1947: The production potential of Caviaga 2 reawakens the interest of private oil companies. In this year alone, 421 Italian and foreign companies apply for drilling rights in the Po Valley.
Mattei resigns as vice-president on 9 May and stays on as a director.
1948: On 10 June the government appoints Agip’s new board of directors. Boldrini is president and Mattei joint vice-president, swinging control over the company’s management permanently in his favour. One of the new board’s first decisions is to resume drilling using every means at its disposal.
1949: The Cortemaggiore 2 well discovers gas in January, but despite the abundance of the reserves there are no immediate market prospects. But with amazing speed Mattei conceives and builds a network of gas pipelines in the Po Valley capable of supplying the industrial furnaces of Lombardy’s largest companies with methane. Conflict between the supporters of privatisation and state ownership flares up again. On 22 April the industry minister presents in parliament a draft bill regulating the oil and gas industry. It proposes that private companies should be free to search for oil and gas in the Po Valley. On 13 June, when minister Vanoni is visiting Cortemaggiore, the longed-for crude gushes from the well at last.
1950: With the Caviaga, Ripalta and Cortemaggiore wells already producing gas, a new methane deposit is discovered at Cornegliano after a period of intensive exploration in which around forty wells are drilled.
1951: On 13 July Segni presents an ENI bill in parliament on behalf of the Ministry of Trade and Industry.
1952: At Mattei’s urging, the Agip subsidiary Mineraria Somala is set up, marking the company’s return to overseas operations after the forced interruption of the war.
1953: On 21 January the Senate approves the law that creates ENI and enables it to take over Agip. ENI’s sheer complexity is something totally new for Italian politicians and entrepreneurs of the time.
The famous six-legged dog becomes its logo. The original competition-winning design had only four legs, but Mattei had another two added to make the dog a “six-legged friend of four-wheeled people”.
1954: Eleven gas deposits are discovered in the Po Valley and two in Sicily. At the end of the year Mattei, who sees Egypt as an interesting area for oil exploration and its leader as a “new man”, is granted an audience with President Nasser of Egypt. They soon reach agreement.
1955: To carry out its operations in Egypt, Agip acquires a major holding in IEOC, which is already operating in the country and discovered two oil deposits.
1956: Mattei creates Agip Nucleare, which designs a gas-cooled natural uranium power station with the aid of a British company.
Agip develops and expands its overseas trading operations.
Mattei sponsors a new daily, Il giorno, to fight off criticism of the company, himself and his political policies.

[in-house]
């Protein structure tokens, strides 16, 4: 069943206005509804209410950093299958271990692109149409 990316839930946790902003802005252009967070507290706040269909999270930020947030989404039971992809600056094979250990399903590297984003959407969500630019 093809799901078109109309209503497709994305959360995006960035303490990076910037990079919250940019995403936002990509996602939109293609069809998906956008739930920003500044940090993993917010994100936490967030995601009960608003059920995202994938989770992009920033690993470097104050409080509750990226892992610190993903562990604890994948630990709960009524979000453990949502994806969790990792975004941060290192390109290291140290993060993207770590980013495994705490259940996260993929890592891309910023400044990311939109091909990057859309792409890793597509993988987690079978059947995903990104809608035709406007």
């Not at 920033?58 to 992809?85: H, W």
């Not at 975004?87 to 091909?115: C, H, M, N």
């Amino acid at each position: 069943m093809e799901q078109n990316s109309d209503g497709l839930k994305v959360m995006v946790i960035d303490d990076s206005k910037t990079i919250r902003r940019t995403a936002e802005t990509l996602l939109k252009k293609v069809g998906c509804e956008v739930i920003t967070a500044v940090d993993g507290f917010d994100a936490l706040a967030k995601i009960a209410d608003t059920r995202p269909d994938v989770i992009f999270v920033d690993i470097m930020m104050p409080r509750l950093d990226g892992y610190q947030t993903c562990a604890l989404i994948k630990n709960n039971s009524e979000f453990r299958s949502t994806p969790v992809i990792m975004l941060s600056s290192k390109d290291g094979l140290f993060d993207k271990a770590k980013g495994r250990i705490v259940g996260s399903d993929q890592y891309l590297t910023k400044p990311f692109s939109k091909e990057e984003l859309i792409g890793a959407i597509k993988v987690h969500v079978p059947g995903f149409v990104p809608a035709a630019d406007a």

1957: A new law governing hydrocarbon exploration and production In Italy comes into force. IEOC discovers its third petroleum deposit . An agreement is made with to set up the Italo-Iranian company Sirip. Agip Mineraria agrees to fund exploration while Sirip agrees to develop and exploit any reserves that are found. An additional clause stipulates that fifty per cent of Sirip’s net profits will go to the Iranian government, and the other fifty per cent will be divided equally between Agip Mineraria and NIOC. The result is that, for the first time, an oil-producing country secures for itself a profit of around 75%, significantly better than the fifty-fifty formula already regarded as “revolutionary”, and is also actively involved in the production process. This type of agreement has come to be known as the Mattei Formula.
In March Mattei has talks in Tripoli with the Libyan prime minister Mustafa Ben Halim and signs an agreement for an oil concession in the Fezzan area.
1958: Agip develops its business in Iran, Somalia, Egypt and, for the first time, in Morocco. ENI starts refining abroad as well as in Italy, leading to continuous enlargement and improvement of its Irom and Stanic refineries.
Work starts on a nuclear power station at Latina, completed in 1962.
1959: The Gela Mare 21 platform starts offshore drilling for the first time in Europe. Oil exploration begins in Sudan.
1960: The most important of the year’s fourteen discoveries is the Ravenna Mare find, Europe’s first offshore natural gas field. Agip signs its first agreement in Tunisia, and Mattei starts canvassing for a gas agreement with Algeria.
1961: Sitep, an oil company owned 50-50 by Agip and the Tunisian government, is set up. Work starts on an oil pipeline in Central Europe. Mattei, the brain behind the operation, brings in Snam, Snam Progetti and Saipem to design and build it.
In accordance with Mattei’s wishes, ENI signs a long-term agreement with the USSR to import millions of tons of crude annually at an exceptionally low price in exchange for Italian finished goods, creating an outlet for some of ENI’s chemical, mechanical and textile products and Snam Progetti’s engineering and design capability. Strangled by the Seven Sisters’ pricing policies, Mattei has had no option but to turn to Moscow. His agreement with the USSR is controversial, however, and unleashes a furious row.
1962: On 8 January, before taking off for Morocco with Mattei, the pilot discovers during a routine check that a screwdriver has been fixed to some sheet-metal tubing inside the plane with adhesive tape. The heat from the engine would have dissolved the adhesive, causing the screwdriver to fall into the engine and make it seize up. Mattei fears for his safety. Concluding that Sifar (Servizio Informazioni Forze Armate), the military intelligence organisation, can no longer be trusted, he employs a group of former partisans as bodyguards.
On 27 October Mattei’s Morane Saulnier 760 crashes at Bascapè in the province of Pavia as it flies from Catania to Milan Linate. Mattei, the pilot, Irnerio Bertuzzi, and the American journalist William McHale are killed.